There are three merger and acquisition (M&A) activities worth noting in this market for 2023:

  • In June 2023, UMT360 was acquired by business transformation consultancy North Highland.
  • In September 2023, SAP announced its intent to purchase LeanIX. LeanIX has long had a partnership with SAP, integrating SAP Signavio to support advanced support for business process management and providing IP that specifically supports the SAP platform.
  • Also in September 2023, Bizzdesign announced the acquisition of Edifit, a systems integrator for Bizzdesign’s Horizzon product. Along with the system integration talent, the acquisition brings IP developed by Edifit that will now be available to all customers.

Acronym Key and Glossary Terms

CMDBA configuration management database is a repository that is designed to store many of the components of an information system. A key goal of a CMDB is to help an organization understand the relationships between different components and track their configuration.
MetamodelA metamodel or surrogate model is a model of a model, and metamodeling is the process of generating such metamodels.
Metamodels catalog each type of component in an EA, provide detailed definitions, document the relationships between one component and another, define the structure and configuration of the architecture itself, and help users understand the structure and behavior of the architecture.
MLMachine learning
SOC 2System and Organization Control (SOC) 2 is an auditing procedure that ensures your service providers securely manage your data to protect the interests of your organization and the privacy of its clients.

Evaluation Criteria Definitions

Ability to Execute

Product/Service: Core goods and services offered by the vendor for the defined market.
This includes current product/service capabilities, quality, feature sets, skills and so on, whether offered natively or through OEM agreements/partnerships as defined in the market definition and detailed in the subcriteria.

Overall Viability: Viability includes an assessment of the overall organization’s financial health, the financial and practical success of the business unit, and the likelihood that the individual business unit will continue investing in the product, will continue offering the product and will advance the state of the art within the organization’s portfolio of products.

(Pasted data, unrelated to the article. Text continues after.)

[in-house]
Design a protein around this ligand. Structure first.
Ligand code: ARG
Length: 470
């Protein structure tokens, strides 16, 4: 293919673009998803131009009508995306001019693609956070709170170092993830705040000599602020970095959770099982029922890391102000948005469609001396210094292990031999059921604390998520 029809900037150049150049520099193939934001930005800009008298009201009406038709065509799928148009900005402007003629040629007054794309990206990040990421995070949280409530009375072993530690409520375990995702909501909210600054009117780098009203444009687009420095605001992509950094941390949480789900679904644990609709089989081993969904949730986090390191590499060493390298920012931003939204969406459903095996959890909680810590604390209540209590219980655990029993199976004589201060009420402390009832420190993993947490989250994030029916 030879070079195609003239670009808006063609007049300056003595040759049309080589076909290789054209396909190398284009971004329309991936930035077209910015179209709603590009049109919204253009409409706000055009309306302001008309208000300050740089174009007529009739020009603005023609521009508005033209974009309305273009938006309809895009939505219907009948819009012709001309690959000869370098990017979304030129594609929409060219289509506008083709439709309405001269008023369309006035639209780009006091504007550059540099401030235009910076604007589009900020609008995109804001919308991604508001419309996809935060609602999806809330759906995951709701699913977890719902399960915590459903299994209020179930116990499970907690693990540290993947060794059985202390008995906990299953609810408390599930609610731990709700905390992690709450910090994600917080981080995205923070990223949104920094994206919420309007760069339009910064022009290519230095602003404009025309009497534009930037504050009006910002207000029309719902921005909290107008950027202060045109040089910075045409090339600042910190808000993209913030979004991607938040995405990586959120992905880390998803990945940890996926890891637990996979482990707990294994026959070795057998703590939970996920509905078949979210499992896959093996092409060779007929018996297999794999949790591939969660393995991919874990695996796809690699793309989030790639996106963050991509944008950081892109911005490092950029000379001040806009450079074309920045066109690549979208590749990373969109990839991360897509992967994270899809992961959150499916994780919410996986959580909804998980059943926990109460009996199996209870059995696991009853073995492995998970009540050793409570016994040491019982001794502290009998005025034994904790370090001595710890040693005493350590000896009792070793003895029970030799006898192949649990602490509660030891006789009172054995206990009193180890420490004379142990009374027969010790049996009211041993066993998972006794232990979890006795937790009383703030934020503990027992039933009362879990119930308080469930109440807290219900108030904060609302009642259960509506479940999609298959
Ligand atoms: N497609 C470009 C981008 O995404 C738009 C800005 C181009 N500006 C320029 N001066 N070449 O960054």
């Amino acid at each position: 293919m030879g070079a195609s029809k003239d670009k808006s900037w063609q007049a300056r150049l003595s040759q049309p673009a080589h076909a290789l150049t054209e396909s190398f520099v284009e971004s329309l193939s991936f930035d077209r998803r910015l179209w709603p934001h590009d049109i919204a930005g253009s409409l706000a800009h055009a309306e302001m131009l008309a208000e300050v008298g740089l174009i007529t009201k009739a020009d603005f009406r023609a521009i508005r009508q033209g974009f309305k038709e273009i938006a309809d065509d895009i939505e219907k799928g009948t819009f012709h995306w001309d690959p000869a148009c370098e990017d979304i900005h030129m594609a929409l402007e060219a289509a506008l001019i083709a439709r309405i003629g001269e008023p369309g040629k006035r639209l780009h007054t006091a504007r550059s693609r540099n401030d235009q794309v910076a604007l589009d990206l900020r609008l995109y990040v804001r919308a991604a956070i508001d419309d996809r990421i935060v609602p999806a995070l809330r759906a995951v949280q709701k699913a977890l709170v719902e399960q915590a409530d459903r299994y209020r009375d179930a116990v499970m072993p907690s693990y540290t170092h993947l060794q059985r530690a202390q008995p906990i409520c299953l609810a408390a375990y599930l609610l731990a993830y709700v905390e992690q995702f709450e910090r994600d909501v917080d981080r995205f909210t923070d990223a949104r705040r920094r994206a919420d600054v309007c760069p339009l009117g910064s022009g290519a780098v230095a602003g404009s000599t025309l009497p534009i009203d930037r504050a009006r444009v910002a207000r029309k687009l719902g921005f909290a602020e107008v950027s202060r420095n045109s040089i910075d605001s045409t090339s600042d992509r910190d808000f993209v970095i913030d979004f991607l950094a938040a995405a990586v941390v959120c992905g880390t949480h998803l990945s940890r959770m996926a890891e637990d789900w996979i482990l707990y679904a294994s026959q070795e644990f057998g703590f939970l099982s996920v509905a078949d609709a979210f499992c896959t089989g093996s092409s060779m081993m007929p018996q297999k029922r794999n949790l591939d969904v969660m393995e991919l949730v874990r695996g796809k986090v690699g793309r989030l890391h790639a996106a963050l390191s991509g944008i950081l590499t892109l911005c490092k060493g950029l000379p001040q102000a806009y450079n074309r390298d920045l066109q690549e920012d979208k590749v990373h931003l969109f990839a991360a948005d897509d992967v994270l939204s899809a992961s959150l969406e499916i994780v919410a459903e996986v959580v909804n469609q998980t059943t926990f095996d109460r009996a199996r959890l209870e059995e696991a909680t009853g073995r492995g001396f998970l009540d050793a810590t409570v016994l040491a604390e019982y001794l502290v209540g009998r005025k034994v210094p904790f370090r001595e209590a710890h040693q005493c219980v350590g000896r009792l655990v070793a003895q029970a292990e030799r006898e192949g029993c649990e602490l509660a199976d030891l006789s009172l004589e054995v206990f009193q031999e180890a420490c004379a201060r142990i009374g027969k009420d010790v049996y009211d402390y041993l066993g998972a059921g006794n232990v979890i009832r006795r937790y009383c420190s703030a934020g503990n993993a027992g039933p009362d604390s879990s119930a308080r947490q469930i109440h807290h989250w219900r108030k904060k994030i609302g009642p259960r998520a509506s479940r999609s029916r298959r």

Sales Execution/Pricing: The vendor’s capabilities in all presales activities and the structure that supports them. This includes deal management, pricing and negotiation, presales support, and the overall effectiveness of the sales channel.

Market Responsiveness/Record: Ability to respond, change direction, be flexible and achieve competitive success as opportunities develop, competitors act, customer needs evolve and market dynamics change. This criterion also considers the vendor’s history of responsiveness.

Marketing Execution: The clarity, quality, creativity and efficacy of programs designed to deliver the organization’s message to influence the market, promote the brand and business, increase awareness of the products, and establish a positive identification with the product/brand and organization in the minds of buyers.
This “mind share” can be driven by a combination of publicity, promotional initiatives, thought leadership, word of mouth and sales activities.

Customer Experience: Relationships, products and services/programs that enable clients to be successful with the products evaluated. Specifically, this includes the ways customers receive technical support or account support.
This can also include ancillary tools, customer support programs (and the quality thereof), availability of user groups, service-level agreements and so on.

Operations: The ability of the organization to meet its goals and commitments.
Factors include the quality of the organizational structure, including skills, experiences, programs, systems and other vehicles that enable the organization to operate effectively and efficiently on an ongoing basis.

Completeness of Vision

Market Understanding: Ability of the vendor to understand buyers’ wants and needs and to translate those into products and services. Vendors that show the highest degree of vision listen to and understand buyers’ wants and needs, and can shape or enhance those with their added vision.

Marketing Strategy: A clear, differentiated set of messages consistently communicated throughout the organization and externalized through the website, advertising, customer programs and positioning statements.

Sales Strategy: The strategy for selling products that uses the appropriate network of direct and indirect sales, marketing, service, and communication affiliates that extend the scope and depth of market reach, skills, expertise, technologies, services and the customer base.

Offering (Product) Strategy: The vendor’s approach to product development and delivery that emphasizes differentiation, functionality, methodology and feature sets as they map to current and future requirements.

Business Model: The soundness and logic of the vendor’s underlying business proposition.

Vertical/Industry Strategy: The vendor’s strategy to direct resources, skills and offerings to meet the specific needs of individual market segments, including vertical markets.

Innovation: Direct, related, complementary and synergistic layouts of resources, expertise or capital for investment, consolidation, defensive or pre-emptive purposes.

Geographic Strategy: The vendor’s strategy to direct resources, skills and offerings to meet the specific needs of geographies outside the “home” or native geography, either directly or through partners, channels and subsidiaries as appropriate for that geography and market.